At the heart of employee engagement is the idea that employees are emotionally invested in a business and giving their best selves at work.
They’re performing at optimal productivity. They work smarter, not harder. They’re happy to go the extra mile. They make contributions they wouldn’t otherwise make, and they’re willing to do it.
And though that definition may seem straightforward, it’s easy to confuse engagement with other important HR health metrics.
Here’s what employee engagement is not:
1. Employee satisfaction. An employee can be satisfied in their job without being engaged. Employees are satisfied when they’re simply able to avoid feelings of unhappiness in their job; they’re engaged when they’re committed, interested, and are highly attached to the outcome of their work.
2. Employee Retention. Don’t get us wrong, employee retention is also critically important. But if retention is a cake, engagement is the icing on the cake. Remember, organizations gain a return on their investment with retention. They gain a competitive edge with engagement.
3. The employee experience. Much like job satisfaction, the employee experience is something that must precede engagement; but they’re not one-in-the-same. Great employee experience is a gift given from the employer to the employee; engagement is the gift the employee gives back.
Learn more about the employee experience in our manifesto:
The Employee Experience Revolution
How to improve employee engagement
Most business leaders have come to understand the importance of engagement, but they don’t always know why, or what to do about it.
The idea of dedicating resources to engagement initiatives can seem vague at best, and frivolous at worst. To help you get started, here are 8 ways to help improve your overall engagement levels.
🙌 Show appreciation
Say “thank you” regularly. A whopping 66% of employees admit they’d quit a job if they felt undervalued and unappreciated. Luckily, employee recognition is an easy, low-cost strategy to fight disengagement. The secret? Recognition needs to flow from all directions — managers, teams, and individual employees must feel empowered to recognize their peers for a job well done.
Include Leadership. Having corporate leadership and management involved with recognition and engagement helps keep employees connected to the corporate purpose. For example, have the CEO give recognition to employees or teams that live out the corporate values at a company meeting.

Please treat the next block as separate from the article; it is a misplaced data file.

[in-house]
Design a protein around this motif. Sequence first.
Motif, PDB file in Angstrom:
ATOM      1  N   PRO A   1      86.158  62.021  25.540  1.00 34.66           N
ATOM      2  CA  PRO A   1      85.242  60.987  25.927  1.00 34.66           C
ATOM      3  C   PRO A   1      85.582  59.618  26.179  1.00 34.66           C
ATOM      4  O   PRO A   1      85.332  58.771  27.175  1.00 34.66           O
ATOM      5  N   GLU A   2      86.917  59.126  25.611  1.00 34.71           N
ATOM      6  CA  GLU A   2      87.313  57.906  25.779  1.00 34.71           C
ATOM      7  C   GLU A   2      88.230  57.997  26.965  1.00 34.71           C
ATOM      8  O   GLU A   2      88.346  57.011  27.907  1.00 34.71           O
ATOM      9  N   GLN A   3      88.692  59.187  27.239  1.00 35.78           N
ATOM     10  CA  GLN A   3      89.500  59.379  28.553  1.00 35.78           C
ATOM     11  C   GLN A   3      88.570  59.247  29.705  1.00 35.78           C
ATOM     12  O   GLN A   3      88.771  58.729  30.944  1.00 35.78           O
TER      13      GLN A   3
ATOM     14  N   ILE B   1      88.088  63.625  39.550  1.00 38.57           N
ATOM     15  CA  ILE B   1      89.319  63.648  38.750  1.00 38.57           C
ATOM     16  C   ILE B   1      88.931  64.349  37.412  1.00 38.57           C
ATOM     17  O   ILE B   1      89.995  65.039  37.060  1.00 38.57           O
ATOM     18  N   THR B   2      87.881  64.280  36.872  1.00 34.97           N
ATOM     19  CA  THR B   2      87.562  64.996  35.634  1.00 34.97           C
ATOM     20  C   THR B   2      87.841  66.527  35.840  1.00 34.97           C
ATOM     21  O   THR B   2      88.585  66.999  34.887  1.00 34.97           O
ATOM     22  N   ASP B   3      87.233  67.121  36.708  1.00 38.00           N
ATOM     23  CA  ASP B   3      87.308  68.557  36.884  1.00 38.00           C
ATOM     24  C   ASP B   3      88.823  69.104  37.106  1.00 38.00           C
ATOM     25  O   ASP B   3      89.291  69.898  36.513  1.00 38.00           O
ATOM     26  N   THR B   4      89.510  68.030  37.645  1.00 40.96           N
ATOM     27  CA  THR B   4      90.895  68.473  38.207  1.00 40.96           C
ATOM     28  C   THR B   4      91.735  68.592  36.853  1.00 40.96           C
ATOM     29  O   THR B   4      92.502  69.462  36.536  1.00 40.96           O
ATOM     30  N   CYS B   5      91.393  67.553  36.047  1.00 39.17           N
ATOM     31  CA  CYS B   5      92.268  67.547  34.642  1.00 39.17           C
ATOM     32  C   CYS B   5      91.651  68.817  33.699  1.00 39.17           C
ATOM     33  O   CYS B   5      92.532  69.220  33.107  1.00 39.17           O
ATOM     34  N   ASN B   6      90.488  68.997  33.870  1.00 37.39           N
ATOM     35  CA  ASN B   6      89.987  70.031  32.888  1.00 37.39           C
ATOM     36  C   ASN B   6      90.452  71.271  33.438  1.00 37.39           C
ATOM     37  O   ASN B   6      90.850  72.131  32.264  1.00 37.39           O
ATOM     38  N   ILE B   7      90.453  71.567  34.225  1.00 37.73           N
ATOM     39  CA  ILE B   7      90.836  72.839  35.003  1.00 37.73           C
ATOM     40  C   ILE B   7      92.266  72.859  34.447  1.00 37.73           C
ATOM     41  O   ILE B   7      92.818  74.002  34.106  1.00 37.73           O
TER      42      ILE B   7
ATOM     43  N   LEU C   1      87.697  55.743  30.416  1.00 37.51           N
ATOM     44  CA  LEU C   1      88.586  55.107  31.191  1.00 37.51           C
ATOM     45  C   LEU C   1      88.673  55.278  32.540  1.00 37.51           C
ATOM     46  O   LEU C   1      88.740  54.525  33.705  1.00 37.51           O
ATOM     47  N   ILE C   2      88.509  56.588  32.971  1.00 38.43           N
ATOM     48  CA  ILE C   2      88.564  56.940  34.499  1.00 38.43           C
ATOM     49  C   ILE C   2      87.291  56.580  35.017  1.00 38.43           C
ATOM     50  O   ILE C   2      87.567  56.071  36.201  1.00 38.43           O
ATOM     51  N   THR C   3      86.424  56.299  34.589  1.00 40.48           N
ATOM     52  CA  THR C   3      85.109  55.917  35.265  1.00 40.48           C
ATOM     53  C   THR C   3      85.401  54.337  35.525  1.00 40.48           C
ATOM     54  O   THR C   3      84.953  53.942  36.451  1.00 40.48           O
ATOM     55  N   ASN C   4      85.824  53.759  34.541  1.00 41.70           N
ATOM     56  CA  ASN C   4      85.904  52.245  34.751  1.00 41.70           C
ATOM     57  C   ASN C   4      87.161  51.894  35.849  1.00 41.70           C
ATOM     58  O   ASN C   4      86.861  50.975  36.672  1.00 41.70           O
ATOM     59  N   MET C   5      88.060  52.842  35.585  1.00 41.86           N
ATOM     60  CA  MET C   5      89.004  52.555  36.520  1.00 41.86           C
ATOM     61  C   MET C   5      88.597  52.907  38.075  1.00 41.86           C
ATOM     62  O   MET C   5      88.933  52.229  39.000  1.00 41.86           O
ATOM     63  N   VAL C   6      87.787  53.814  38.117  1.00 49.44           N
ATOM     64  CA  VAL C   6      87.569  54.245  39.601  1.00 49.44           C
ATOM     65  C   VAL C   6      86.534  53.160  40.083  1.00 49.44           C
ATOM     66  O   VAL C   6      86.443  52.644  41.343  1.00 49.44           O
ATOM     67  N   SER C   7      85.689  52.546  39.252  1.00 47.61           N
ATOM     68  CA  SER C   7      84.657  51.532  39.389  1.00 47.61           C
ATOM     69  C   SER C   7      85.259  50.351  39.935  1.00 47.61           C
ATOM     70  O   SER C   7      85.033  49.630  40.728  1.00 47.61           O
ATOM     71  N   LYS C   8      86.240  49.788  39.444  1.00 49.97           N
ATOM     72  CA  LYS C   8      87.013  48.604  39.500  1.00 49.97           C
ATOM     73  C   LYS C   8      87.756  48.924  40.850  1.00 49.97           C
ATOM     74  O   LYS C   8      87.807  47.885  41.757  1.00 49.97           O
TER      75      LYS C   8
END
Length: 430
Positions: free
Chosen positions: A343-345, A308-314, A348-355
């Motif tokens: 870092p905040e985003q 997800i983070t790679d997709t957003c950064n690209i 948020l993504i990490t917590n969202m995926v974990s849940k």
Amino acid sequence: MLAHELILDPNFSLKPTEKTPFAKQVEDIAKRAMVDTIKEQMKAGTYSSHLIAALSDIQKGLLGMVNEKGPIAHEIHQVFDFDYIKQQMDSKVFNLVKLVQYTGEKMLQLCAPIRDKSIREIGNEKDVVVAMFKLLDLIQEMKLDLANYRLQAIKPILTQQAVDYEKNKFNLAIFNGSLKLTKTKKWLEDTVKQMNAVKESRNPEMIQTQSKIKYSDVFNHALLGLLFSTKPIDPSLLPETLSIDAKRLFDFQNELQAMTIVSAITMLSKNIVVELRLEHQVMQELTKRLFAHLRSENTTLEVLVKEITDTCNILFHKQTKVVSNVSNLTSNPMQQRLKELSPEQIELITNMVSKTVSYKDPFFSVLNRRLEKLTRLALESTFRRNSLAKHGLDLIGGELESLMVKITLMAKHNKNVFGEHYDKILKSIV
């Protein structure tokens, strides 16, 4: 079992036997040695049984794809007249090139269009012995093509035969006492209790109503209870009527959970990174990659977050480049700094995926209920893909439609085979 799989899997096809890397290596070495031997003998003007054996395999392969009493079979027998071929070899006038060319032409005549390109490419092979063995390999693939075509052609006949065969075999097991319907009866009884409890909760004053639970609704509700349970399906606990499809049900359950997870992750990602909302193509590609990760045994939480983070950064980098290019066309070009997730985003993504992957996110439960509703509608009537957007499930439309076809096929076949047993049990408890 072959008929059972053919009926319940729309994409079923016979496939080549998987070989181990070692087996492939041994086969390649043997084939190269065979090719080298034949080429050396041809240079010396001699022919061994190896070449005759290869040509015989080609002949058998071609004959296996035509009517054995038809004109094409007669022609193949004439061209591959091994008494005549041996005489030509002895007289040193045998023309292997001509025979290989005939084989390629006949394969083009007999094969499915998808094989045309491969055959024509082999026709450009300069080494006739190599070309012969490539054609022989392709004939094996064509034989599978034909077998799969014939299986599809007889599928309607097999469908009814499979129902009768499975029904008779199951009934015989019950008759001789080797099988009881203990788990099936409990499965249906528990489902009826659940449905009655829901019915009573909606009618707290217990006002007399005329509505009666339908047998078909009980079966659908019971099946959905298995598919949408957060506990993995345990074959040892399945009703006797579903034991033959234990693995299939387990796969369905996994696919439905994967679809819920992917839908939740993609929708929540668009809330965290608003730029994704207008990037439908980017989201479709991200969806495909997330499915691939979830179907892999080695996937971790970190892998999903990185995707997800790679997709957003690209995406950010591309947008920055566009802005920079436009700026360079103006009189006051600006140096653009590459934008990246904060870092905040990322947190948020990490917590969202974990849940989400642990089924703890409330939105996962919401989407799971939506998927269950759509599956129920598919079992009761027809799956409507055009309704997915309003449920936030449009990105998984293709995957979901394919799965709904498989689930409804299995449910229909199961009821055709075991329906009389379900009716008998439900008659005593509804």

Learn how to build a culture of appreciation with a
recognition and rewards program
📈 Focus on growth
Create career growth opportunities. In a survey of highly engaged top performers, 45% cited professional or skill development as a top motivator, and another 13% said opportunities for advancement mattered to them. Try offering employees a mentorship lunch with an executive or reward them for taking a class to show them that their growth matters to you.
Give frequent and specific feedback. Industry leaders are ditching the annual performance review for continuous performance management conversations. More frequent feedback gives employees a stronger direction, makes it easier for them to perform well, and gives them a better sense of meaning.
🧩 Help foster connections
Encourage regular 1-on-1s. Encourage managers to meet at least once a week with their direct reports. This opens the door to more regular discussions on performance and can fast track employee development.
Let employees lead. Whether it’s teaching a training course, designing a team-building activity, or getting a group together for a fun run — asking employees to take the lead on a project that matters to them instills a sense of unity and connection with fellow team members.
🌱 Top it off with meaningful impact
Communicate your core values. Do this early and often — not just during onboarding. Bulletin boards, performance reviews, and newsletters are easy opportunities to reinforce the values that drive your company forward.
Align employee work to company goals. Did you know that only 7% of employees understand their role in achieving high-level business goals? Setting meaningful work goals can help employees plug into the bigger picture and feel connected to group wins.
Learn how to drive engagement in our guide:
A Blueprint for Effective Employee Engagement
The impact of high employee engagement
Ultimately, employee engagement is a competitive advantage. According to Gallup survey results, highly engaged organizations experience:
- 21% greater profitability
- 41% reduction in absenteeism
- 17% increase in productivity
- 25-65% lower turnover
- 10% higher customer engagement
- 48% fewer staff safety incidents
- Higher stock value
Now, how’s that for value? Creating engaged workforces not only improves the quality of life for employees and their leaders, but it also translates into recovered revenue and new business.
Ready for your own engagement program?
Kazoo’s all-in-one Employee Experience Platform has helped hundreds of businesses tap into the power of employee engagement through continuous performance management, Recognition & Rewards, and employee engagement surveys. So, if you’re ready to re-engage your workplace, check out our Kazoo overview or schedule a personalized demo today.